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Pinta Bound

Part 1 2 3

NF micro-writing - photo by John Burgess/Press Democrat

NF generals at in the Pelican Bay SHU controlled dozens of street regiments like Cortina's. Twenty-five percent of profits, mainly from drug dealing, was deposited in NF bank accounts. To do all this, the gang used ingenious methods.

"We've got several examples of what we call micro-writing," says officer David Barneburg, as he shows off a pile of recently intercepted messages.

The NF passes messages in legal mail and in scraps of paper filled with tiny, almost microscopic script.

"This is what we refer to as a BNL, a bad news list," says Barneburg. "This one I've got is actually 14 pages long and contains about 1500 names of northern Hispanics, their CDC [California Department of Corrections] number, any marks or tattoos they have that we can identify them by. Whenever somebody arrives to a yard, this list will be referenced. If their name is on the list, they'll be targeted for assault. And this is only a partial list."

"That list was recovered from a northern Hispanic in the B facility of the prison," Barneburg continues. "It was recovered by the staff and had been secreted in the inmate's rectum."

Gang members don't just hide messages in body cavities. They also write them in exotic languages. This method is so pervasive, Pelican Bay actually banned anything written in Swahili, Celtic, Runic and Nahuatl, an Aztec language used by the Nuestra Familia.

"Every time we tighten the screws so to speak, they're going to find a way around it," says Lt. Robert Marquez, Pelican Bay's chief gang investigator. He says even though guards read inmates' mail and monitor their phone calls, gang leaders still get their orders out onto the streets. "If they know a certain gang member's paroling they'll give him all kinds of messages, phone numbers, contacts, hit lists. So the guy leaves here with a cache of information [of] people who are supposed to be murdered, people who are supposed to be extorted."

Out of prison flows crime. No place has been hit harder than Salinas, the farming town in central California that once inspired John Steinbeck.

Three men in their late teens, members of a street gang tied to the Nuestra Familia. - photo by Janjaap Dekker, courtesy Center for Investigative Reporting

In an east Salinas neighborhood with rows of tidy houses, three men in their late teens stand in an open garage. They are members of a street gang with close links to the Nuestra Familia. One man, who calls himself Juan, is sealing a drug deal on his cell phone.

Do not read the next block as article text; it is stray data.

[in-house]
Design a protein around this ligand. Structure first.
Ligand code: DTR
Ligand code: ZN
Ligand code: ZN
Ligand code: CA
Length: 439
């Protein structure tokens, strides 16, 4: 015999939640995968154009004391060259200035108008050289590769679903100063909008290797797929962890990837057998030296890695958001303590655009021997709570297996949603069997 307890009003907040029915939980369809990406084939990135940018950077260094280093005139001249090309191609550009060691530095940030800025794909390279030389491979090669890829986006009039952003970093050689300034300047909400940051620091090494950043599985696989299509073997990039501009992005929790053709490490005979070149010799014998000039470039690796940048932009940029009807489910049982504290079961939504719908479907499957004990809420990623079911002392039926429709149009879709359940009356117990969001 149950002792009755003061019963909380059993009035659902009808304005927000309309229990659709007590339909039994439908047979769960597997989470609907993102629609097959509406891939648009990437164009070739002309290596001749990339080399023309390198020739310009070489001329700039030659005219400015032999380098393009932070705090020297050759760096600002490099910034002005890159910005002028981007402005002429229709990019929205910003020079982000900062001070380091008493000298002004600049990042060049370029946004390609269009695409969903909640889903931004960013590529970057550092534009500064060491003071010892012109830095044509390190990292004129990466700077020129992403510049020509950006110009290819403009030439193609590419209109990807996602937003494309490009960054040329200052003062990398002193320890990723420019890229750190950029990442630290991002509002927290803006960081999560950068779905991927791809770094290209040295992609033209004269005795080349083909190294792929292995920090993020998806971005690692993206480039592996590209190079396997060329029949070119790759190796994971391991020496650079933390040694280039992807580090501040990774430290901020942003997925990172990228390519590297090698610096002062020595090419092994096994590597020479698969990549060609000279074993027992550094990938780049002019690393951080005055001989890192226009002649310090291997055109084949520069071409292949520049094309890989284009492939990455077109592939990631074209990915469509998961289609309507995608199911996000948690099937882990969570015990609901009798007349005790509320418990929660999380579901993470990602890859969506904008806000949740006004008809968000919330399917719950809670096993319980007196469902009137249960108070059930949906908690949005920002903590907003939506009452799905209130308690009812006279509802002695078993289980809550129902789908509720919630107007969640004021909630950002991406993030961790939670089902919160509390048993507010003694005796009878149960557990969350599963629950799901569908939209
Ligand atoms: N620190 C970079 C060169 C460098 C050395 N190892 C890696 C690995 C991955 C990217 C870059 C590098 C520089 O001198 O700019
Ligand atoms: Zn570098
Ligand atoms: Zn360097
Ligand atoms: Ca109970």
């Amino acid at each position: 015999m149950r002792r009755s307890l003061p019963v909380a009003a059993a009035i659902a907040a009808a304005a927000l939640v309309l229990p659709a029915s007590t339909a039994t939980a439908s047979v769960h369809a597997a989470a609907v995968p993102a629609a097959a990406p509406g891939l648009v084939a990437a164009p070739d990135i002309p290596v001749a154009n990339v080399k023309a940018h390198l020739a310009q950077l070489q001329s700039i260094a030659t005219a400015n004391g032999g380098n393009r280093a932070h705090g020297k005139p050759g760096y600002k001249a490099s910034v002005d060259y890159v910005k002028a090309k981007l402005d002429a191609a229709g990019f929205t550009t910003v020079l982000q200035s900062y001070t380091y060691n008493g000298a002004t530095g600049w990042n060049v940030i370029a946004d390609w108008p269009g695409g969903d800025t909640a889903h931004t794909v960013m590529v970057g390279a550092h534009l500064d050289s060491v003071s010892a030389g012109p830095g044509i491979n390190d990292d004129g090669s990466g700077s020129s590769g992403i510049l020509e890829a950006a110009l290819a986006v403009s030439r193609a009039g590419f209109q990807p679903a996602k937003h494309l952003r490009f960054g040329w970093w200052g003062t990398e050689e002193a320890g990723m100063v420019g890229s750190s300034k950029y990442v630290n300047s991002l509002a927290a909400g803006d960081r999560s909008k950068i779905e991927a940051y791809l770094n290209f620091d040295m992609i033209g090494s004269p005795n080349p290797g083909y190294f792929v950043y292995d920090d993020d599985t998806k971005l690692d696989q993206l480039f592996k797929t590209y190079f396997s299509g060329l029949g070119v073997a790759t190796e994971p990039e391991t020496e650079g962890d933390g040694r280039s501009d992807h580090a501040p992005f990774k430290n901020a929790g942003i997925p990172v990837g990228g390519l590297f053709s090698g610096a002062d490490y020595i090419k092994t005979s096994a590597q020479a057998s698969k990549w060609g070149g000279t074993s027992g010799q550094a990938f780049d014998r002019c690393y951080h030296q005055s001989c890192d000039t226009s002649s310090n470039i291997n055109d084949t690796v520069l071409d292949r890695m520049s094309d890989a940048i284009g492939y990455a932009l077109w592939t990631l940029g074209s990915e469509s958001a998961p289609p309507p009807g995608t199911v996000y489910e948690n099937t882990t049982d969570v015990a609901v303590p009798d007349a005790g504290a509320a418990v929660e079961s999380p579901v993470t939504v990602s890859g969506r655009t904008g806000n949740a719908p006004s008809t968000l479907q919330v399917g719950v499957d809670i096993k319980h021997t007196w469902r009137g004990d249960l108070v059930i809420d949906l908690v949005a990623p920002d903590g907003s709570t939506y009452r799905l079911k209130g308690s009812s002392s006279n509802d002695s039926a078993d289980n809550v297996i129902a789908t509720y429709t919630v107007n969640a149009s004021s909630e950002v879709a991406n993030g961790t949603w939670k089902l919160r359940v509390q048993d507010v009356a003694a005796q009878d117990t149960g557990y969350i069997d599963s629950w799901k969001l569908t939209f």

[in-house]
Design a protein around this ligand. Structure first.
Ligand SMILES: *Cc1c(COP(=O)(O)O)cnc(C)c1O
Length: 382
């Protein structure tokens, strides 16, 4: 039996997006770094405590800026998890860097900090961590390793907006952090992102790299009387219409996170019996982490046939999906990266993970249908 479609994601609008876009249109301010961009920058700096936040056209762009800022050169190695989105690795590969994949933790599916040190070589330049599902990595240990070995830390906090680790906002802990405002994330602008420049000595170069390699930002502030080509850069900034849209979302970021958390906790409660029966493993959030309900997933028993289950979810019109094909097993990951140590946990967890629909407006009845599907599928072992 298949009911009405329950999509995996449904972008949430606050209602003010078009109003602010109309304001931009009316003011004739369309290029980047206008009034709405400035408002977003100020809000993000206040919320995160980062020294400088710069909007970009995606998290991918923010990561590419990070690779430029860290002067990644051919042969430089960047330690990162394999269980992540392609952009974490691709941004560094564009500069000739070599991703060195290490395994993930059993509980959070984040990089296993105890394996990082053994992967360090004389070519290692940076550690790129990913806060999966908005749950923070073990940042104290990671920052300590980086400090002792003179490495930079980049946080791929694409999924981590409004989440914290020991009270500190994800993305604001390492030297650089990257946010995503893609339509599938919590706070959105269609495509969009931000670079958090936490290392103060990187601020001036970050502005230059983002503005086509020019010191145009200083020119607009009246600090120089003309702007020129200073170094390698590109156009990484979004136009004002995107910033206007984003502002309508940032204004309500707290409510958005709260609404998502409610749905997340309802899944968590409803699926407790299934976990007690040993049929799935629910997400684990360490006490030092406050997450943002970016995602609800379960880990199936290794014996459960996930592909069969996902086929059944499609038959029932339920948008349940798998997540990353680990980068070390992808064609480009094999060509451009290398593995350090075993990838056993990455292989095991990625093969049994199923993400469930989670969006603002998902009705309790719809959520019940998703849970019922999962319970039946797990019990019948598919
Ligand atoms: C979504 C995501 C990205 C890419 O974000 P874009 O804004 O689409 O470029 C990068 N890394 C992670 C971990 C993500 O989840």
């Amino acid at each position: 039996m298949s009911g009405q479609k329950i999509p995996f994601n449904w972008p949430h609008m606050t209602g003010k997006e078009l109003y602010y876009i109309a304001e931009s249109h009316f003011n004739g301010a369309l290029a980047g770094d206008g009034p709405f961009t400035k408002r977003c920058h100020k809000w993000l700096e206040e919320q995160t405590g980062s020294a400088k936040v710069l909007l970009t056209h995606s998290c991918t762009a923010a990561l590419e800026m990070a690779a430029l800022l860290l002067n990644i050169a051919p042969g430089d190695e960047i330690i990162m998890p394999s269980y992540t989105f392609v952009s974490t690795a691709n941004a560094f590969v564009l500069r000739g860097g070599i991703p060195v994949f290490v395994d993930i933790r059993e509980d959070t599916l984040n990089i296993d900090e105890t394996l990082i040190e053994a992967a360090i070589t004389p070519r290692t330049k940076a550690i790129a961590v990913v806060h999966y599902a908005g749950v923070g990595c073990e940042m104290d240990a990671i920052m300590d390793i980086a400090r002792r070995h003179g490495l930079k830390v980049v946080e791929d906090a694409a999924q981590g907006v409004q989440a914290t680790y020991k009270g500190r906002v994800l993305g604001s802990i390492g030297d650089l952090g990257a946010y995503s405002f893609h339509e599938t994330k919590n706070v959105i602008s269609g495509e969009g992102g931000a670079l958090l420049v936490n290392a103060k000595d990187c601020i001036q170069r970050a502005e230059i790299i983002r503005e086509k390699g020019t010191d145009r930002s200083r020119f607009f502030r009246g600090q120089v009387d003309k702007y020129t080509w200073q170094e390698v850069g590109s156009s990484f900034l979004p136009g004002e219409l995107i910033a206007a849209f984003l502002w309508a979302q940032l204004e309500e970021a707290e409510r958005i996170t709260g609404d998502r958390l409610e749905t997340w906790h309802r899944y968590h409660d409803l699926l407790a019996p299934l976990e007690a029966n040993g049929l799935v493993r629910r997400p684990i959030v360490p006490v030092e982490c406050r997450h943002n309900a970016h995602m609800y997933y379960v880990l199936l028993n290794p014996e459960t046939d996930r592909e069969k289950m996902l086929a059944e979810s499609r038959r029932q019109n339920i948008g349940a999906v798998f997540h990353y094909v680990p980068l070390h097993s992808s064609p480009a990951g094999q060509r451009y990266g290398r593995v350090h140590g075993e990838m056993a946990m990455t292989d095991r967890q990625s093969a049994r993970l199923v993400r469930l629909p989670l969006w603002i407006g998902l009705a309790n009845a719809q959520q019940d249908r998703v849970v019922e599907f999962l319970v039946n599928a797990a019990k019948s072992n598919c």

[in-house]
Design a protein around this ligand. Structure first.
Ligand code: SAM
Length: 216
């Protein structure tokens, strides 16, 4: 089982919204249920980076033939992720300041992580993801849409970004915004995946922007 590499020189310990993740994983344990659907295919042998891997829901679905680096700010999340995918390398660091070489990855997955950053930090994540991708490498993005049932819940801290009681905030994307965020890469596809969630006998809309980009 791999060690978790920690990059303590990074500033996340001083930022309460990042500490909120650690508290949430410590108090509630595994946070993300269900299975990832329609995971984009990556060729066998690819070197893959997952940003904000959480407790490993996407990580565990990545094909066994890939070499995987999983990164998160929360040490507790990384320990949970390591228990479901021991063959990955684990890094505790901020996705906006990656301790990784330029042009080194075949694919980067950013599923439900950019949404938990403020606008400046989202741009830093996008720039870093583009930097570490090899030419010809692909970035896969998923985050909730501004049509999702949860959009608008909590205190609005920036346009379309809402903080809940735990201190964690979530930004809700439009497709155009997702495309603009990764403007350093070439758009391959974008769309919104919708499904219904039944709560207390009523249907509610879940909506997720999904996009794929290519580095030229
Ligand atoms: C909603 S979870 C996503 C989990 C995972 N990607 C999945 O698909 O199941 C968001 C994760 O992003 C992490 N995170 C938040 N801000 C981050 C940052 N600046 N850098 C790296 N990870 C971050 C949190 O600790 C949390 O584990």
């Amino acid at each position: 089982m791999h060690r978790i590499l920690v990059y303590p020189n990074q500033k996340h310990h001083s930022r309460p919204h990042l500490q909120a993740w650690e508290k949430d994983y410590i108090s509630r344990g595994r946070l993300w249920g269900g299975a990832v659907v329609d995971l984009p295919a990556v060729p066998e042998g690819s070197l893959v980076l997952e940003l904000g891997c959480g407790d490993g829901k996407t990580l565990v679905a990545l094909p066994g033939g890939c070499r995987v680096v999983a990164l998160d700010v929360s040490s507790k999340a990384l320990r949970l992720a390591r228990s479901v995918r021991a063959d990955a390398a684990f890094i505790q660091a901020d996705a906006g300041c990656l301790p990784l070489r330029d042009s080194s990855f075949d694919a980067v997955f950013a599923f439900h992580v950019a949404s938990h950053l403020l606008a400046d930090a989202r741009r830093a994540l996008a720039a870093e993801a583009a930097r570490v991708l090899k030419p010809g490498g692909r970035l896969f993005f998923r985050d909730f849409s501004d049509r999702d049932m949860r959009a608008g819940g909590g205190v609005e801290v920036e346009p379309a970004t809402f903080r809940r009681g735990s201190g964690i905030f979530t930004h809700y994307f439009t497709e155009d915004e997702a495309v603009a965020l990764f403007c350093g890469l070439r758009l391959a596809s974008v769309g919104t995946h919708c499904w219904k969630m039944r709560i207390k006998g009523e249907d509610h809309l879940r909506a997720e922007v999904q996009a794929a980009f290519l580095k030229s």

The men wear short hair, red baseball caps, and football jerseys. With pride, they show off torsos etched with gang tattoos and scars from bullet wounds.

"I believe in being a homeboy," says Juan. "I just believe I will die for my cause, for my struggle."

Juan says the struggle is about defending northern California Latinos, called "norteños," from the enemy, Latinos with roots in southern California, known as "sureños." But it's really a struggle for drug turf that began behind bars with two long-feuding prison gangs: the NF, which spawned the nortenos, and the Mexican Mafia, an even bigger prison gang that rallies the sureños.

The proxy war between northern and southern California Latinos has claimed hundreds of lives. It burns in places like Salinas where poverty and unemployment are severe.

Now, some people are getting fed up with the violence. Demonstrators in Salinas recently gathered to mourn the city's 250th gang related killing since the early 1990s. They beat drums, chanted and watch Aztec-style dancing.

Not all the victims are gang members. Elsa Sandoval came here to remember her 27-year-old son Joey. He was killed two years ago in what appeared to be a random shooting. His murder, like many in Salinas, remains unsolved.

"We won't stop," says Sandoval, "until we find these son-of-a-bitches that killed our sons. We'll find them."

NF old timers say this kind of street violence is not what the group was founded for. Like many prison gangs, the NF started as a prisoner defense group in the late 1960s. The NF established a constitution and an educational curriculum. But the NF moved into the drug trade and grew more violent.

The NF expanded into youth jails and onto the streets. Leaders imposed military-style discipline and a lifetime commitment often sealed in the killing of a rival.


Continue to part 3